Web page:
Currently, about half of the employees diagnosed with cancer don’t share the diagnosis with their employer, according to the Cancer@Work study by researchers and professors at the University of Amsterdam, impeding HR’s ability to share valuable information and support. In addition, experts say that HR must better promote and communicate the cancer-related benefits it offers. Without such proactive efforts from both employees and employers, the disease is likely to be underrated and to advance, leading to higher healthcare costs for late-stage cancer.

Ways to reduce cancer-related healthcare costs

HR leaders can employ several strategies to help prevent cancer in their workforce, Gray says, thereby reducing spending on cancer treatment. Here are several options to consider:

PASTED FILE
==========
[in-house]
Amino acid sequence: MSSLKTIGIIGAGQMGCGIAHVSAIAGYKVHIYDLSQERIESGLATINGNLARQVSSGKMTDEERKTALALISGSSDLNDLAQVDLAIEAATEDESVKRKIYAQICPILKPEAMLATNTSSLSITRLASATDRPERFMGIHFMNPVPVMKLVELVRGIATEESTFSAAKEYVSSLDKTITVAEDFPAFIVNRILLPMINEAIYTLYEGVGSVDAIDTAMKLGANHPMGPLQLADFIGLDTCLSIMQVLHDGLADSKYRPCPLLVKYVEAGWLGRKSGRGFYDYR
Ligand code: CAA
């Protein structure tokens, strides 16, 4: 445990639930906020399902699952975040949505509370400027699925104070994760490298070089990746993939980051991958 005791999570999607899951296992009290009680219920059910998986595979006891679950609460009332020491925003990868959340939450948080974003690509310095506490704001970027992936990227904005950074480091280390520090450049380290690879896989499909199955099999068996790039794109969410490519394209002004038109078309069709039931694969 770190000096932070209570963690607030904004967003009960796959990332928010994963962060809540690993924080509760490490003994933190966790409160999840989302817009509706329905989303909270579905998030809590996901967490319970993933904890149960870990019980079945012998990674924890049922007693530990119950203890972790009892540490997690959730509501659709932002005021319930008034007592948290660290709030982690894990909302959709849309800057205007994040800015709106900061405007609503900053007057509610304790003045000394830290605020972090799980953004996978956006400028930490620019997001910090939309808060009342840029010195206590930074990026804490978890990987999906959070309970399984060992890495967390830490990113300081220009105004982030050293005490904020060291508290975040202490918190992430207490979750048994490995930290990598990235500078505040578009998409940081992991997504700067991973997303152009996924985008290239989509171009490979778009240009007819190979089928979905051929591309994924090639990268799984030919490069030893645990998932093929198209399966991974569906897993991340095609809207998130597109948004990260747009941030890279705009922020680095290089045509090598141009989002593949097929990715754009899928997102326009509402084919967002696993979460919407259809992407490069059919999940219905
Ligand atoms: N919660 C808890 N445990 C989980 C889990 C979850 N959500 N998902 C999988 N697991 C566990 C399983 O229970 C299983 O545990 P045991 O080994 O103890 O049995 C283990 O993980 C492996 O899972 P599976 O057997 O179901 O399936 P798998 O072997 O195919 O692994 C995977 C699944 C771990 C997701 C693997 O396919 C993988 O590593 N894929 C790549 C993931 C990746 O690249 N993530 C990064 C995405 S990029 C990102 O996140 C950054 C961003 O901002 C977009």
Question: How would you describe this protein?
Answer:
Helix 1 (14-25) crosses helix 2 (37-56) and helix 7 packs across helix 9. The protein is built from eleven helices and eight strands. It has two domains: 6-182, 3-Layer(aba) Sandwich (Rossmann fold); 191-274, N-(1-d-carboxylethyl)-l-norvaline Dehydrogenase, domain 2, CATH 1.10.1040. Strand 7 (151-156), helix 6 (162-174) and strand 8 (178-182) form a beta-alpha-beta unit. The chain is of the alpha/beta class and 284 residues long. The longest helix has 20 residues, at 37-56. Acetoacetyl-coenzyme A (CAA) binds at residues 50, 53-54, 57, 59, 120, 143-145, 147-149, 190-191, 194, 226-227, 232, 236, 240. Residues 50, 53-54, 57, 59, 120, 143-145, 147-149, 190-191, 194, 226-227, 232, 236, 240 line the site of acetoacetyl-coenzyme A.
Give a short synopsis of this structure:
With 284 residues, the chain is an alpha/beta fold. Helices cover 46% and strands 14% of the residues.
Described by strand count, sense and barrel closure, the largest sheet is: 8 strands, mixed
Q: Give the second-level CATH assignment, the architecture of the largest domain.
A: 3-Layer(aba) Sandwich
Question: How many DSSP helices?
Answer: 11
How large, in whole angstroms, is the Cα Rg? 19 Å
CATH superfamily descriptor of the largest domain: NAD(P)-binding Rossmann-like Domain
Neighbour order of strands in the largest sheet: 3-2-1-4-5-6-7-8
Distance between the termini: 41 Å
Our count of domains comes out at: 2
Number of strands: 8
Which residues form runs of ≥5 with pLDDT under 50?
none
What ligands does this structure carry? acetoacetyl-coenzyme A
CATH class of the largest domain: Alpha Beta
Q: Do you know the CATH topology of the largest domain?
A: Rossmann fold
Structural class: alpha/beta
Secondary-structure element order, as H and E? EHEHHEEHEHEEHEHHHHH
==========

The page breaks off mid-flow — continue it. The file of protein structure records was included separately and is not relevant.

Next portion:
Boost preventive coverage

Several new preventive cancer interventions are available for employers to add to their benefits program, says Gray, a recent speaker at Human Resource Executive’s Elevate People, Ignite Change (EPIC) conference. Genetic testing, for example, can reduce cancer by catching certain types early and prompting preventive action, she says. Genetics is the No. 1 cause of cancer, followed by lifestyle and exposure to carcinogens in the environment, she says.

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Increasing access to alternative therapies, as well as boosting coverage of preventive procedures like colonoscopies and lung cancer screenings, also can help reduce employer costs, Gray says.